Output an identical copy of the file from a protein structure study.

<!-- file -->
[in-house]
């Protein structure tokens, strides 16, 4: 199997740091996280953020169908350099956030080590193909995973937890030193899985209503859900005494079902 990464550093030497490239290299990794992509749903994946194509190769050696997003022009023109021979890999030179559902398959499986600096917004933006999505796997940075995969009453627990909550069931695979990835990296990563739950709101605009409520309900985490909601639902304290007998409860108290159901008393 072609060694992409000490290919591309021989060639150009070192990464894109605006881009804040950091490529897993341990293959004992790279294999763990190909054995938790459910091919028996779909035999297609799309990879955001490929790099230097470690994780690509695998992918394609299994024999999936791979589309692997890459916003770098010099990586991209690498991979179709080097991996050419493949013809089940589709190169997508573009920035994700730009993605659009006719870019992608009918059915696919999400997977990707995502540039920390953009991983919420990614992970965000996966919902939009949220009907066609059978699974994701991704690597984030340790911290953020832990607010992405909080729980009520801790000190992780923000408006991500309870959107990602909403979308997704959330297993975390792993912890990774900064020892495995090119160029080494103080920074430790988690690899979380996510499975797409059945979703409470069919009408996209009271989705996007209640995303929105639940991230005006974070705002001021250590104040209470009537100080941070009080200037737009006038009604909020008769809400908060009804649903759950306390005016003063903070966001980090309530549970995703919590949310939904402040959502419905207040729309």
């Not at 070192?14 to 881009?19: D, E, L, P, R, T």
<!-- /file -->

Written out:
[in-house]
């Protein structure tokens, strides 16, 4: 199997740091996280953020169908350099956030080590193909995973937890030193899985209503859900005494079902 990464550093030497490239290299990794992509749903994946194509190769050696997003022009023109021979890999030179559902398959499986600096917004933006999505796997940075995969009453627990909550069931695979990835990296990563739950709101605009409520309900985490909601639902304290007998409860108290159901008393 072609060694992409000490290919591309021989060639150009070192990464894109605006881009804040950091490529897993341990293959004992790279294999763990190909054995938790459910091919028996779909035999297609799309990879955001490929790099230097470690994780690509695998992918394609299994024999999936791979589309692997890459916003770098010099990586991209690498991979179709080097991996050419493949013809089940589709190169997508573009920035994700730009993605659009006719870019992608009918059915696919999400997977990707995502540039920390953009991983919420990614992970965000996966919902939009949220009907066609059978699974994701991704690597984030340790911290953020832990607010992405909080729980009520801790000190992780923000408006991500309870959107990602909403979308997704959330297993975390792993912890990774900064020892495995090119160029080494103080920074430790988690690899979380996510499975797409059945979703409470069919009408996209009271989705996007209640995303929105639940991230005006974070705002001021250590104040209470009537100080941070009080200037737009006038009604909020008769809400908060009804649903759950306390005016003063903070966001980090309530549970995703919590949310939904402040959502419905207040729309």
């Not at 070192?14 to 881009?19: D, E, L, P, R, T």